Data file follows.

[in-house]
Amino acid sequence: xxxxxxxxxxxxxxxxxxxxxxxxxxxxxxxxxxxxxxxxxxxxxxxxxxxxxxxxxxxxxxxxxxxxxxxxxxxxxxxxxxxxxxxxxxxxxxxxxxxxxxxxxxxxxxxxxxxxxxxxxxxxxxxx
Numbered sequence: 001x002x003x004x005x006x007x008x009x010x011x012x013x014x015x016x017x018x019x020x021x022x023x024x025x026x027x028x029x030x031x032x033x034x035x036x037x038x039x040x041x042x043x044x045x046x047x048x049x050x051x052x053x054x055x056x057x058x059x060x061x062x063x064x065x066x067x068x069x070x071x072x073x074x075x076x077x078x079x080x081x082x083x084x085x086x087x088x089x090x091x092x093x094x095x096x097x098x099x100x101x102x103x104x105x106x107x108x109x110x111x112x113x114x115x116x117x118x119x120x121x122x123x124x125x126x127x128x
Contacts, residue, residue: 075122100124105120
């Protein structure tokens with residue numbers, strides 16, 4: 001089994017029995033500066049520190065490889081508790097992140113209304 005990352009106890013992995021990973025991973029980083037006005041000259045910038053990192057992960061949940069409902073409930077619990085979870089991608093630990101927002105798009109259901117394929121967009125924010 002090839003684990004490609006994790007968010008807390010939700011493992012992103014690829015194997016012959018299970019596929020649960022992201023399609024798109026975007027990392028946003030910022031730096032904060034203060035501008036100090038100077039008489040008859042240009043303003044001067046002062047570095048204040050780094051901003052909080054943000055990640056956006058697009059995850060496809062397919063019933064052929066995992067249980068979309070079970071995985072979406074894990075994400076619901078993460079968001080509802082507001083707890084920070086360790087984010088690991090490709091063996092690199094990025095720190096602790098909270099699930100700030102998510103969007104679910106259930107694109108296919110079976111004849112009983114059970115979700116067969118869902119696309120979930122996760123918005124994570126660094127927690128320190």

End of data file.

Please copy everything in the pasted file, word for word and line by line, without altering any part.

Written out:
[in-house]
Amino acid sequence: xxxxxxxxxxxxxxxxxxxxxxxxxxxxxxxxxxxxxxxxxxxxxxxxxxxxxxxxxxxxxxxxxxxxxxxxxxxxxxxxxxxxxxxxxxxxxxxxxxxxxxxxxxxxxxxxxxxxxxxxxxxxxxxx
Numbered sequence: 001x002x003x004x005x006x007x008x009x010x011x012x013x014x015x016x017x018x019x020x021x022x023x024x025x026x027x028x029x030x031x032x033x034x035x036x037x038x039x040x041x042x043x044x045x046x047x048x049x050x051x052x053x054x055x056x057x058x059x060x061x062x063x064x065x066x067x068x069x070x071x072x073x074x075x076x077x078x079x080x081x082x083x084x085x086x087x088x089x090x091x092x093x094x095x096x097x098x099x100x101x102x103x104x105x106x107x108x109x110x111x112x113x114x115x116x117x118x119x120x121x122x123x124x125x126x127x128x
Contacts, residue, residue: 075122100124105120
């Protein structure tokens with residue numbers, strides 16, 4: 001089994017029995033500066049520190065490889081508790097992140113209304 005990352009106890013992995021990973025991973029980083037006005041000259045910038053990192057992960061949940069409902073409930077619990085979870089991608093630990101927002105798009109259901117394929121967009125924010 002090839003684990004490609006994790007968010008807390010939700011493992012992103014690829015194997016012959018299970019596929020649960022992201023399609024798109026975007027990392028946003030910022031730096032904060034203060035501008036100090038100077039008489040008859042240009043303003044001067046002062047570095048204040050780094051901003052909080054943000055990640056956006058697009059995850060496809062397919063019933064052929066995992067249980068979309070079970071995985072979406074894990075994400076619901078993460079968001080509802082507001083707890084920070086360790087984010088690991090490709091063996092690199094990025095720190096602790098909270099699930100700030102998510103969007104679910106259930107694109108296919110079976111004849112009983114059970115979700116067969118869902119696309120979930122996760123918005124994570126660094127927690128320190």